Vietnam’s digital economy comes up first in the APAC region
ASIA PACIFIC has long been at the forefront of accelerating digitization.
Countries in the region have been pushing boundaries to drive innovation. China, for example, was one of the first to commercially roll out 5G at rates that were comparable to what was offered for 4G.
The city-state Singapore is also known to be an innovation hub for tech startups, and its government has been aggressively pushing digitization forward-recently, they offered up to 5 highly coveted digital banking licenses for bids.
However, in recent times, experts believe Vietnam is the fastest-growing digital economy in the Asia Pacific (APAC).
It has digital transformation chalked down as a key strategy to boost the national economy, and has ambitious goals pushing for the digital economy to contribute 30 percent to the country’s Gross Domestic Product (GDP) by 2030.
The country has worked hard to build itself into an attractive destination for global investors, and its efforts are paying off. Tech giants like Nokia, Samsung, and Olympus have moved some operations into the country.
The high ROI in Vietnam’s digital-related economy is most apparent in the e-commerce sector, receiving approximately US$1 billion in funding.
The sector is growing robustly, producing successful e-commerce platforms such as Tiki, Thegiodidong, and Sendo.
Diplomatic Academy of Vietnam Faculty of International Economics Dean and Senior Lecturer Dang Hoang Linh noted that if the sector keeps up with its current growth rate, there is a potential for the market to hit US$33 billion in value by 2025.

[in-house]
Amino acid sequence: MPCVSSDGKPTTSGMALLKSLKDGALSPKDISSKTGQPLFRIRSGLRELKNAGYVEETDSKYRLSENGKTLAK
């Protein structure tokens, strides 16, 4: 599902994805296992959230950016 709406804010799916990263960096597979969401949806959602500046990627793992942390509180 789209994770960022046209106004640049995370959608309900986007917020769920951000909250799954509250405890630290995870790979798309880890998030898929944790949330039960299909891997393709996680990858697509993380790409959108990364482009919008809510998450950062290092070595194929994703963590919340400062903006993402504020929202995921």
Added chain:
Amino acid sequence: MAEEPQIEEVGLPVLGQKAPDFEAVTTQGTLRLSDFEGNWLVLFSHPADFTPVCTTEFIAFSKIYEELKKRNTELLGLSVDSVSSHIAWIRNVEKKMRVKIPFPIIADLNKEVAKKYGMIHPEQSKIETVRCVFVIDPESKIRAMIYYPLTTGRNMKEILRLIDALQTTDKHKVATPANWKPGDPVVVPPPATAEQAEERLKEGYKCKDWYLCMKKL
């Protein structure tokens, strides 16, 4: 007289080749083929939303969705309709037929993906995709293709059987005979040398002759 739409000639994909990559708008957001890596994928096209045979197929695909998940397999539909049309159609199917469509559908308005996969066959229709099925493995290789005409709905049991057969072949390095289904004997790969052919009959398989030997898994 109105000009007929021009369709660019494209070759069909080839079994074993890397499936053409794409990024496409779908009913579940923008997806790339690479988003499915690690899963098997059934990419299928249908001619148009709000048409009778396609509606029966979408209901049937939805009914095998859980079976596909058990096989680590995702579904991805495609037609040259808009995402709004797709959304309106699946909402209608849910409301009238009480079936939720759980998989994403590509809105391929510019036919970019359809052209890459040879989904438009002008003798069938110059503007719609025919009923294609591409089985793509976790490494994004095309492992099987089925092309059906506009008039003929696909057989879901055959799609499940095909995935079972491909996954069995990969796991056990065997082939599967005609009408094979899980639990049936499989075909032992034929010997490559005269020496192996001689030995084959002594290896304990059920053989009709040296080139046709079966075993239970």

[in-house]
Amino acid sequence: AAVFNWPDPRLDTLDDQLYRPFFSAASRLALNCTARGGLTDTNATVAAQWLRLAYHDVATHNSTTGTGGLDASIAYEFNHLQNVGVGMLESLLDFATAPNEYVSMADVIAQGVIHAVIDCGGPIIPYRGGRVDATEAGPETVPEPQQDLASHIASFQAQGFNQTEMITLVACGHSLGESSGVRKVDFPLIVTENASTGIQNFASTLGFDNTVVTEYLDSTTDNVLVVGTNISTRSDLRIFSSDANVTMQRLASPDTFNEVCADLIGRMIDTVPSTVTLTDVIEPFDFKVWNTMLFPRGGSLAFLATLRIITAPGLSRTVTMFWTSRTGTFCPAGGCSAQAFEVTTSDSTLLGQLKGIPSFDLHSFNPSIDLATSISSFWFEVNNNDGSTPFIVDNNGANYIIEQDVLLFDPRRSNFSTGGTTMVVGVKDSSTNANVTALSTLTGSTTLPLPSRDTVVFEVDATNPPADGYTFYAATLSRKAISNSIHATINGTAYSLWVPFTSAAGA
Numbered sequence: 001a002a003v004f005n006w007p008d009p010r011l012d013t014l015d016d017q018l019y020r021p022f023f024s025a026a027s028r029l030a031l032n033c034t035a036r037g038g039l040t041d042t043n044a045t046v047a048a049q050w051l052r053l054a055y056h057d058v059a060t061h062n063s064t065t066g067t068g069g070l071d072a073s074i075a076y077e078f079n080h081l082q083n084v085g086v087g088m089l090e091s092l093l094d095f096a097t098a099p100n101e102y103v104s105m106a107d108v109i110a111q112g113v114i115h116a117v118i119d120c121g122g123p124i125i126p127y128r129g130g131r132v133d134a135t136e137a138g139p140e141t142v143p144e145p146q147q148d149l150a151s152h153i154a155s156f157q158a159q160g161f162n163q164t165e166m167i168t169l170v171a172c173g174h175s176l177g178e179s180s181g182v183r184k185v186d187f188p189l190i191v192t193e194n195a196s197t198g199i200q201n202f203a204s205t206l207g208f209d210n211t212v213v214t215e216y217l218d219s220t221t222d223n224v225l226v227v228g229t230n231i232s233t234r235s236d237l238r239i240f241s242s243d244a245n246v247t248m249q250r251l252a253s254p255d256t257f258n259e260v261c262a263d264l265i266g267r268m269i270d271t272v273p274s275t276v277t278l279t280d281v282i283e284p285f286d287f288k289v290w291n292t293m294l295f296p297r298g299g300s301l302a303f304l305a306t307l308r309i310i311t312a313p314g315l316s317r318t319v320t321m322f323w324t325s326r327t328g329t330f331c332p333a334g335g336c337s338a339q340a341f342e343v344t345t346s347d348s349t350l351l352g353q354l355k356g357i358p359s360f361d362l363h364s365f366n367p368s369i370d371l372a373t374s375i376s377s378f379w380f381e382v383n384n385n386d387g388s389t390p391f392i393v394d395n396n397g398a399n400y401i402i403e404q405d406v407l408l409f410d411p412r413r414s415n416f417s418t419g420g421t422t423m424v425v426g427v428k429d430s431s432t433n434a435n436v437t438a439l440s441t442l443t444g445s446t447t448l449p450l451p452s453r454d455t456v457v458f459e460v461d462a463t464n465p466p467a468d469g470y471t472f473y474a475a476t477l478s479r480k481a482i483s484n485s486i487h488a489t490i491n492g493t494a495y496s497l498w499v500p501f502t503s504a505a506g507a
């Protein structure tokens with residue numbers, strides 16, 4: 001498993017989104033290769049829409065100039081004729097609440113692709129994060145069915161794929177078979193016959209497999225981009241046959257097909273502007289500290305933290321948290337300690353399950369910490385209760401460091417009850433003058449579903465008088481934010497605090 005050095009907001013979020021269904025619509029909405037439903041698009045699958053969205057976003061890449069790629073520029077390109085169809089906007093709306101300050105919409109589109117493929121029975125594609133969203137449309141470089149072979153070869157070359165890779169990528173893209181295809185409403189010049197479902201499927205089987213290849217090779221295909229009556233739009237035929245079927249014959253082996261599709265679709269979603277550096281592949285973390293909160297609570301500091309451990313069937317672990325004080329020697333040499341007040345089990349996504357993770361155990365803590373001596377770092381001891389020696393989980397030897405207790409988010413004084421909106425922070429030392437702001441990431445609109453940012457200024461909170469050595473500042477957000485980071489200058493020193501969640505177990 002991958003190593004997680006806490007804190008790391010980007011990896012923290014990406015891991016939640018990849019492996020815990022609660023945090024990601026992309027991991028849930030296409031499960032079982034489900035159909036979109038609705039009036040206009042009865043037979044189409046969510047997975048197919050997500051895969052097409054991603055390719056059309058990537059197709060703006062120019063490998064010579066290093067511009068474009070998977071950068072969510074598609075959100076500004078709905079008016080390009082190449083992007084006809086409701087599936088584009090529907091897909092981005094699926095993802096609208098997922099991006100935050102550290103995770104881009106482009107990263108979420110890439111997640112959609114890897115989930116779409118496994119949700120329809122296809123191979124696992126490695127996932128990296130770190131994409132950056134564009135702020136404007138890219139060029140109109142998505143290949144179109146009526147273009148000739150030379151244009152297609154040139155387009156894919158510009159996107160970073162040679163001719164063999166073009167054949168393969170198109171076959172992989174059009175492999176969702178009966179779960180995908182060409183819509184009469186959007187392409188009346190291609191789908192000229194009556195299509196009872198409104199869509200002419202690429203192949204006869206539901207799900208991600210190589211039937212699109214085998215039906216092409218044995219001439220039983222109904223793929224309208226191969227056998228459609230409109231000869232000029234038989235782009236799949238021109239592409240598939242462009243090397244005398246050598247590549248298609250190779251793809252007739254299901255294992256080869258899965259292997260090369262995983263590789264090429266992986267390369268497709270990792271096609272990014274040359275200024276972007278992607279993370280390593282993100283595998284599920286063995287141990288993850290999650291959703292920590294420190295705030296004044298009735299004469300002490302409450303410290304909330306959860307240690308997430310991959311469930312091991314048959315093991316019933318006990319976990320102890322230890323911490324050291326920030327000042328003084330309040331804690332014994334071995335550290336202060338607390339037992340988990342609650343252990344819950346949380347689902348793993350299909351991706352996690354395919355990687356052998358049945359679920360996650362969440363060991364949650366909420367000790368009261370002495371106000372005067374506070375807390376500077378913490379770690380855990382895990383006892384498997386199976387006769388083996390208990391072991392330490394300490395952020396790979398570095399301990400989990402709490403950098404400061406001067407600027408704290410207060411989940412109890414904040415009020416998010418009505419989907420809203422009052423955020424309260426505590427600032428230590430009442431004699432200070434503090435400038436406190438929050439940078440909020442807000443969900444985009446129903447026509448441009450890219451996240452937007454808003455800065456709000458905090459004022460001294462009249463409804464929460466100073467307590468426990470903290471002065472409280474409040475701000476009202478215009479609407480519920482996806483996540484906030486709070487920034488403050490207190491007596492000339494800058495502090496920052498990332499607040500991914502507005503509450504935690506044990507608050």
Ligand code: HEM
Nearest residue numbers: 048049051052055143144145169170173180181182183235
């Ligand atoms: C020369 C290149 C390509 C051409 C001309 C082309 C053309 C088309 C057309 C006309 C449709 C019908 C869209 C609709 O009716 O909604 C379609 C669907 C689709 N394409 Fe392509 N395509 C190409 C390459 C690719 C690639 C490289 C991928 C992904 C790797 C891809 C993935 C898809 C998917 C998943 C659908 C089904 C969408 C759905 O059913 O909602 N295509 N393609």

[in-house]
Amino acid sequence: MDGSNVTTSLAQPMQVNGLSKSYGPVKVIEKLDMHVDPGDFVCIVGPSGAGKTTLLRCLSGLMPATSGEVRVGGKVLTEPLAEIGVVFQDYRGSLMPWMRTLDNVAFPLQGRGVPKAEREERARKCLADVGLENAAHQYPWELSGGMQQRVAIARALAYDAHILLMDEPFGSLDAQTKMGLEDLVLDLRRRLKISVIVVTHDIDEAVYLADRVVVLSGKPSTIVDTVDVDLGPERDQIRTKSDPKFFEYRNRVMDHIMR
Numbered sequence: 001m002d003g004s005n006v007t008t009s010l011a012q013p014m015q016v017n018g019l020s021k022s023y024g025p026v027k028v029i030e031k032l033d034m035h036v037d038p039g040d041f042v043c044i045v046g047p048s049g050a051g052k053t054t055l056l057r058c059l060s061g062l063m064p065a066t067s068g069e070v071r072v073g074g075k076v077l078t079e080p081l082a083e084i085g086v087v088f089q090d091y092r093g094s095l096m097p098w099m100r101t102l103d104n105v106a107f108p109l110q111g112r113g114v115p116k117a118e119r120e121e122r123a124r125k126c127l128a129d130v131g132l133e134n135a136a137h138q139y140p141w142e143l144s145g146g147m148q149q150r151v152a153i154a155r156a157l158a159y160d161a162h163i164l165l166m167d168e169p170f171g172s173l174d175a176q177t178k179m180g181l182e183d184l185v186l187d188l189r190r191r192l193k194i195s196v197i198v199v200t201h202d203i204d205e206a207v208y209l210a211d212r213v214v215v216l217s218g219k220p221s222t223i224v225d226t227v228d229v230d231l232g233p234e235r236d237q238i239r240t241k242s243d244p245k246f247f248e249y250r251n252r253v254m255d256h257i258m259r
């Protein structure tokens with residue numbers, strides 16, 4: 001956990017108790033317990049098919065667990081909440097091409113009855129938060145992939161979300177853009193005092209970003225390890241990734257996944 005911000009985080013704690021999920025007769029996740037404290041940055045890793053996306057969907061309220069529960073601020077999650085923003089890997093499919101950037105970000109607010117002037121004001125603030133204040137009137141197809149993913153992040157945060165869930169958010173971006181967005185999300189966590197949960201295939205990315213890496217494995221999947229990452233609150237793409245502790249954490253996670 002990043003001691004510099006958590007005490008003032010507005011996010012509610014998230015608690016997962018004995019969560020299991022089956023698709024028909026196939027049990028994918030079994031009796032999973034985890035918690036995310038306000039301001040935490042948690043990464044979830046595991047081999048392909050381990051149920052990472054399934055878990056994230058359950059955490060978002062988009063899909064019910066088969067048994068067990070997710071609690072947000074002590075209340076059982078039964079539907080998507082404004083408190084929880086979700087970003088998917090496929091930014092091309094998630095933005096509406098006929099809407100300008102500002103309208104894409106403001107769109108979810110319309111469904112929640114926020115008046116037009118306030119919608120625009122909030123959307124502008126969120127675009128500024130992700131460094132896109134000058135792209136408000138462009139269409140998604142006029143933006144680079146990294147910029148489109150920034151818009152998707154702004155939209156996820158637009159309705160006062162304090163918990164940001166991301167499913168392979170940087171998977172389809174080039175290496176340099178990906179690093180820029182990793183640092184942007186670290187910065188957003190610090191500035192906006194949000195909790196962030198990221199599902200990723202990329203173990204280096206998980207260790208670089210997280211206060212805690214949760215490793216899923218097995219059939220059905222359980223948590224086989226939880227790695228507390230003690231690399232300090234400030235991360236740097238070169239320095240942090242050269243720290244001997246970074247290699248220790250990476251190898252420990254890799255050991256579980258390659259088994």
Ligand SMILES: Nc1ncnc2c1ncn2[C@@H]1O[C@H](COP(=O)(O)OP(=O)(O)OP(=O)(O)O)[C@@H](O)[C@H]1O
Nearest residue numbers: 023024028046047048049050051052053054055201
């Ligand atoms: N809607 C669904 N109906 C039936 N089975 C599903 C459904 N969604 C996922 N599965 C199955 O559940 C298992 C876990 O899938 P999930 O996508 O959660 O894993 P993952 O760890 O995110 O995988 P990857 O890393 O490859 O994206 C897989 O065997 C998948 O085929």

Should this materialize, Vietnam will solidify its position as an e-commerce leader, following tightly behind Indonesia (US$100 billion), and Thailand (US$43 billion).
Also, Vietnam’s regulators played a large part in propelling the country’s e-commerce industry forward.
A solid regulatory framework is set in place to ensure that safeguards are enacted, preventing the exploitation of the e-commerce industry.
Specific regulation was recently passed in order to create favorable conditions that can support the high growth rate of the retail e-commerce market, and at the same time, ensure a fair playing ground with that of traditional brick and mortar commerce.
Regardless of geographical location, countries have much to learn from Vietnam.
In a world where virtually every industry is disrupted by technology, Vietnam’s move to prioritize digitization is a wise one. It also serves as a good exhibit of the integral role regulators play in digital-related fields such as e-commerce, AI, or fintech.
Ultimately, governments and businesses alike must recognize that digitization is inevitable. The only way forward is to embrace it, and develop strategies that can best help them thrive against such a backdrop.